It’s a funny coincidence. I was speaking with someone at a cafe the other day and I was amp’d up on caffeine. I mean, really amp’d up on caffeine. You know, like so amp’d up that I’m not really seeing what’s right before my eyes because the sun is bouncing around my enlarged pupils and distorting color and light? Right… that kind of amp’d up on caffeine. The conversation we were having was about what this ‘local’ thing is really all about, and why I, as he put it, as “founder and visionary for Citysquares.com,” seem so compelled and dedicated to it. I very enthusiastically explained that this ‘local’ thing is more than just an untapped market with big money potential. He rolled his eyes and looked at me like I was just another capitalistic entrepreneur trying to rationalize my true ambitions. I didn’t mind actually, because I will readily admit to anyone that yes, of course Citysquares is a business – not a charity. But if I may, I like to think that it’s a socially responsible business, one that’s focused on actually doing something good for our communities, one that has a real mission (not the corporate charter type either), for local business, for consumerism, for the citizens, for everyone – for, if I may, all the stakeholders. I reminded him of the story behind Citysquares, why I started it in the first place.
It’s also about the future. By that I mean that it’s about the future of our communities, my children’s future, the future of local commerce, of America, and the future of the Internet. That’s right – the Internet, that big monstrosity that’s you can’t touch, you can’t totally make sense of, that is so full of opportunity and promise that the opportunity for danger and destruction is just as frightening. The future of the Internet is about what’s right across the street from you. What’s local to you? Well, that’s the future of the Internet.
Humans need humans. Humans need interaction with each other. It’s not good enough to blog, to instant message, to SMS, to send pictures, share documents, post videos on YouTube, add another widget to your Myspace page, fly through the sky in Second Life. We, like much of the animal kingdom, are hardwired to need each other in an offline forum. The Internet, for the most part, does not help us feel more connected – it largely makes us feel more isolated. Call it existentialism, call it what you will. But these are my theories and these are my beliefs. The Internet is a great way to supplant the connections we lack in today’s society – a bandage, not a cure. We’re seeking something, as people, a greater understanding, enlightenment, a higher power maybe, human interaction, so many things. The Internet is a result of this, and will become more of an instrument for these puzzles just as much as praying is to some people, or just as the Hubble telescope or SETI is to other people.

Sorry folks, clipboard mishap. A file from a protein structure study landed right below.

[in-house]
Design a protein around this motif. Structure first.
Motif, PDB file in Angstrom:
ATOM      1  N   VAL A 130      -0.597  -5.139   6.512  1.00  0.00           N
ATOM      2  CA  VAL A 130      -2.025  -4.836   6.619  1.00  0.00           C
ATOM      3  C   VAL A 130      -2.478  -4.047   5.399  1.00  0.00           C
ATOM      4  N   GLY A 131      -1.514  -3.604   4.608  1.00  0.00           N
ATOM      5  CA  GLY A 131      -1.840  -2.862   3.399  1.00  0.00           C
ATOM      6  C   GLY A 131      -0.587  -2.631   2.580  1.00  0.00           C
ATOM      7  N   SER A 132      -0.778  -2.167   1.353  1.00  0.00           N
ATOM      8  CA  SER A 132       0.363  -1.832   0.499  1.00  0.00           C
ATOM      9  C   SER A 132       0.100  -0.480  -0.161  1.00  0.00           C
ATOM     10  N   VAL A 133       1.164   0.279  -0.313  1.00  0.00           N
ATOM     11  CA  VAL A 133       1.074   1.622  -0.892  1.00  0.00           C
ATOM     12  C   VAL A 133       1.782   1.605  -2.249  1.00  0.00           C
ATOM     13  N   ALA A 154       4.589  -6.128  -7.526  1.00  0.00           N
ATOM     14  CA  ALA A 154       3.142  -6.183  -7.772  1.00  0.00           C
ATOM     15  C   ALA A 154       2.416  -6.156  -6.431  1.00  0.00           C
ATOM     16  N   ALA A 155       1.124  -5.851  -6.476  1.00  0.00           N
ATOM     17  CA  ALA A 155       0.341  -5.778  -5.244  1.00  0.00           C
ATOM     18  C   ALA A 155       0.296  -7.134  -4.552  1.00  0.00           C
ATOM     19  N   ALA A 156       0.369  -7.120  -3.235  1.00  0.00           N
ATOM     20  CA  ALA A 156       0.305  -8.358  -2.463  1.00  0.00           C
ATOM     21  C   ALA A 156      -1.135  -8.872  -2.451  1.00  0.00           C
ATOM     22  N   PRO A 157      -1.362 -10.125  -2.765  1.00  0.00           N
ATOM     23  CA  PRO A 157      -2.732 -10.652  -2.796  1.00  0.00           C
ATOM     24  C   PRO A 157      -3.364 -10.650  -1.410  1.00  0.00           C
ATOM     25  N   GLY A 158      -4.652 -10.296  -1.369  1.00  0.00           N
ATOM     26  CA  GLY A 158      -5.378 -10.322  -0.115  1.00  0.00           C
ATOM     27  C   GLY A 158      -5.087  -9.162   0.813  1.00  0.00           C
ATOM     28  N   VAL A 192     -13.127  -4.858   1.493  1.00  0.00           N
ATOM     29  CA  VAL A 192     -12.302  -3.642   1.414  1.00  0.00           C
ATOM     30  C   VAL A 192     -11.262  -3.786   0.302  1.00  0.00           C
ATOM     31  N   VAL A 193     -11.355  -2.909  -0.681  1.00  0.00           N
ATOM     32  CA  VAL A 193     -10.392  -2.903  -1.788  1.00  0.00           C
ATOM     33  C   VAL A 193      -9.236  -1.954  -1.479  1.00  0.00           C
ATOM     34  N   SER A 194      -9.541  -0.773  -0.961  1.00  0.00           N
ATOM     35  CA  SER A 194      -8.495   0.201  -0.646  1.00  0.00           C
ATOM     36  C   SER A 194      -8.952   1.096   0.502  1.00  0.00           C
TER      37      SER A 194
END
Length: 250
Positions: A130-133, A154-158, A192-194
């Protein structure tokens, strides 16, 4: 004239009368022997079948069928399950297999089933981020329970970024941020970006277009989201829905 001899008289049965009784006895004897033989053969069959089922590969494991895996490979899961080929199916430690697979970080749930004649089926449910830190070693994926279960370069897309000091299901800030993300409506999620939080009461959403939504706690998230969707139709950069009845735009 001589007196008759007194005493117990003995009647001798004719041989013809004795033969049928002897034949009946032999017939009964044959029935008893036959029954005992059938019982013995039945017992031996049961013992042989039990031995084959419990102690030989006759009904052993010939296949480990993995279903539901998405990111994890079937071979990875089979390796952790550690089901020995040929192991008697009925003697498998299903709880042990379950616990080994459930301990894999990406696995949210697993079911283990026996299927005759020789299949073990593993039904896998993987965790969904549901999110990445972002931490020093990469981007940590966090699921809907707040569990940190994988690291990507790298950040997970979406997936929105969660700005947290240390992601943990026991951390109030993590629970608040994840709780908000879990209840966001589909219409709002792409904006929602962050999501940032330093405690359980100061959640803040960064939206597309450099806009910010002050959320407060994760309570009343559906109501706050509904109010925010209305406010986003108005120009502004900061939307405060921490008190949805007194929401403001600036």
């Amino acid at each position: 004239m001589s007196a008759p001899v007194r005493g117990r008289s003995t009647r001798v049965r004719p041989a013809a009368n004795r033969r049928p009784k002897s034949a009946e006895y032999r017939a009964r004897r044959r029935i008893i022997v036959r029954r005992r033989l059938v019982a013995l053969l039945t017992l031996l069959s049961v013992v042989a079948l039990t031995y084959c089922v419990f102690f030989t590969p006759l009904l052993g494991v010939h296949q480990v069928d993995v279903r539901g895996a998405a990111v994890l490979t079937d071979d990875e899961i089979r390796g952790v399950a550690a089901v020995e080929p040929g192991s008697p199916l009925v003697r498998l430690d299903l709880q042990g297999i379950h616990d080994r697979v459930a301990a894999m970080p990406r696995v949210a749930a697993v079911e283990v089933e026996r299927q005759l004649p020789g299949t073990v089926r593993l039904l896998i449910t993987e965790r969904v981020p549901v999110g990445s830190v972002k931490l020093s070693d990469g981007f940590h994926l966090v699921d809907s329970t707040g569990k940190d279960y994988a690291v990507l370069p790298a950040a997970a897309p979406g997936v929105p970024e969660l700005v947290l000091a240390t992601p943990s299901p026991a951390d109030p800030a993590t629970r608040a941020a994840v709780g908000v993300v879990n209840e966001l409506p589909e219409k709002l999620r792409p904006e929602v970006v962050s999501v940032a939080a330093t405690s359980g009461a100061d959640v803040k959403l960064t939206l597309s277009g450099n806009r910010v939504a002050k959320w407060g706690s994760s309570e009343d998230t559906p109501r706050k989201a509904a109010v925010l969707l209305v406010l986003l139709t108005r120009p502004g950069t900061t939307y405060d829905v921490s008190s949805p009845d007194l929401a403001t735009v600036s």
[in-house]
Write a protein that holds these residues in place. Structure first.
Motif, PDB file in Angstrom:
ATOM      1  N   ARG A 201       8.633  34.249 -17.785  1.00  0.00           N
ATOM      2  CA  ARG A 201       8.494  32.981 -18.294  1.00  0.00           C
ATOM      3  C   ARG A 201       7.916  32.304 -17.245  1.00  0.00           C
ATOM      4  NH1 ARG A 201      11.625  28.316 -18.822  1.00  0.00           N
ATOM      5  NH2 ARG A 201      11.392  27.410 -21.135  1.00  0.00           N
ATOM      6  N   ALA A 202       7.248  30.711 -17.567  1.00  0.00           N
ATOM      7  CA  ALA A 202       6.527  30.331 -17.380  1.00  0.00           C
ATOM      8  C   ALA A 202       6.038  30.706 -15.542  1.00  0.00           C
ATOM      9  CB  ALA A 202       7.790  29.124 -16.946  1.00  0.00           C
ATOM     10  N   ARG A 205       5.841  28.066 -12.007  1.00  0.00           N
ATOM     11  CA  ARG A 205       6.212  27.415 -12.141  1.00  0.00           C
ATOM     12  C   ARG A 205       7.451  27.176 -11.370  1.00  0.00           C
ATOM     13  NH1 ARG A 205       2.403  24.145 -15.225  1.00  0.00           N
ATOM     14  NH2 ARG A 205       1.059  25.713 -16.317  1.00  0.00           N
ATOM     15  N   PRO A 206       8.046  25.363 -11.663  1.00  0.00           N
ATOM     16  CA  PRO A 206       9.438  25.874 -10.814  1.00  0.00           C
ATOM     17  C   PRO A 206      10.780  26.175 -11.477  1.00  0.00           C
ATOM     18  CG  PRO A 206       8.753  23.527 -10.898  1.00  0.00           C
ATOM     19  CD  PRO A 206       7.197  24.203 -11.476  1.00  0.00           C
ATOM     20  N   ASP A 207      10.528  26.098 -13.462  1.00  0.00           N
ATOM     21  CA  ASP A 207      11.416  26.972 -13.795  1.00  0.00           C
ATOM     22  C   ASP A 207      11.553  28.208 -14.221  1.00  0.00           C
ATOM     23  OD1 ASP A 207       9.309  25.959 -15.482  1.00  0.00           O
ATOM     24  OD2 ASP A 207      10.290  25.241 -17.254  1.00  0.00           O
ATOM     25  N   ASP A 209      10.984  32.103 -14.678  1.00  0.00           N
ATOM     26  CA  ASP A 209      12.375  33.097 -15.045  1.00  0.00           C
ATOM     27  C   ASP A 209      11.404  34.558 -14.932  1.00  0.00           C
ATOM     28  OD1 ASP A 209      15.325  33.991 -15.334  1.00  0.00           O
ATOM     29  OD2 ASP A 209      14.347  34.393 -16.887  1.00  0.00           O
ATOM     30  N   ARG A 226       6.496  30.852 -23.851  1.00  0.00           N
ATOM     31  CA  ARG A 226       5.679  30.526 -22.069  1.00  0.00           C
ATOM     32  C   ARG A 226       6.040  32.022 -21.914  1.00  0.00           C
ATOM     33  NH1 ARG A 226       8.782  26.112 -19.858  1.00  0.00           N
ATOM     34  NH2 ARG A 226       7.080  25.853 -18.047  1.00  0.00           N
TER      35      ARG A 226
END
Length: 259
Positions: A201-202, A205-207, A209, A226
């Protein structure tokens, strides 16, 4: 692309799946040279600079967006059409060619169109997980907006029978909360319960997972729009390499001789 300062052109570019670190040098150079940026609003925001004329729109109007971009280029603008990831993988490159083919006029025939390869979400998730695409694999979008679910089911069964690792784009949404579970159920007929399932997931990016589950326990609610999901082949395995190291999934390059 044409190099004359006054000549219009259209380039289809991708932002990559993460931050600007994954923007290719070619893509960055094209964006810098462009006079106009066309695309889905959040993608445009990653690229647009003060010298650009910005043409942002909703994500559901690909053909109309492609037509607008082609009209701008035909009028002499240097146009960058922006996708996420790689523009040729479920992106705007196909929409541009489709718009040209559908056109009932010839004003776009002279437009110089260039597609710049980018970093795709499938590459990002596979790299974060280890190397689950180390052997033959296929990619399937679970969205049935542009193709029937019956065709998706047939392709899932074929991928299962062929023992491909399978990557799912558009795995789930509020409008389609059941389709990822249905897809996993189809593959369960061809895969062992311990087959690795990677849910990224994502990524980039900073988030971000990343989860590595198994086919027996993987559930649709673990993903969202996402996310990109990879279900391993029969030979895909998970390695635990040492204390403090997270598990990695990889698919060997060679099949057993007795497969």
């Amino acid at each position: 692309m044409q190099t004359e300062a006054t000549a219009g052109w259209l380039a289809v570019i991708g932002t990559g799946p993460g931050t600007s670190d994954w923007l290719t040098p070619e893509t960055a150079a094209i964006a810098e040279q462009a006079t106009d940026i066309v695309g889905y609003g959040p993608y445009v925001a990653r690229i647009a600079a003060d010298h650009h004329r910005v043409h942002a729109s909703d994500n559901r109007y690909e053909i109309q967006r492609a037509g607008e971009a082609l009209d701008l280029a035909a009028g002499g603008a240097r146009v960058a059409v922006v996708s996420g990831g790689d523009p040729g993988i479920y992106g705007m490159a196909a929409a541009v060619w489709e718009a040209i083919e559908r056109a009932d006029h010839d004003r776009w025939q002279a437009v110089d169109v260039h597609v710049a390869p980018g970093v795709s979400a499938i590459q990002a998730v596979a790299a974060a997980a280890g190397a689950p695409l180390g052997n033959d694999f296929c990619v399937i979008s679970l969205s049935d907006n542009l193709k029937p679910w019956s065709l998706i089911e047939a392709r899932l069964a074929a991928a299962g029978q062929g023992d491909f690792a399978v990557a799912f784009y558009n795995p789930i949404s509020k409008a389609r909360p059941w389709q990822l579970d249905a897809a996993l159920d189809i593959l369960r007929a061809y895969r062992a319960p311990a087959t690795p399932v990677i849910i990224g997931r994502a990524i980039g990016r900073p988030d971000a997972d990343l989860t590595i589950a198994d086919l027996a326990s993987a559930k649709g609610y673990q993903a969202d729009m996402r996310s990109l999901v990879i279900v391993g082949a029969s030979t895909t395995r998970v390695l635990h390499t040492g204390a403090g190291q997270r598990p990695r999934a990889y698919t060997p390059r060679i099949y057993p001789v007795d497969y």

I’ll stop myself there before I get too philosophical and ultimately keep myself awake tonight wondering if I articulated myself properly.
The funny coincidence is within a blog post that I stumbled upon yesterday. Here’s a small taste for you:
“Key to the development of a local online ad market is the identification of the local web, and this offers a remarkable opportunity for those willing to explore this territory today. In the not-too-distant future, everyone will have access to the local web, but this access is unavailable today, because the database hasn’t been created. It exists in bits and pieces, but no technology can replace the human research necessary to build the initial database. This is a task that will pay huge dividends to the one who creates it, market-by-market, and there’s no reason this can’t be done by a local media company.”
“The local web is where the web itself will find its real value propositions, and that’s enough to make a guy want to stick around for awhile.”
That’s enough for me. It does a great job of making the case better than I could’ve even after 5 more cups of coffee.
If you’re interested in local, community, the Internet, the future, advertising, all or one of the above, than I highly recommend you read this.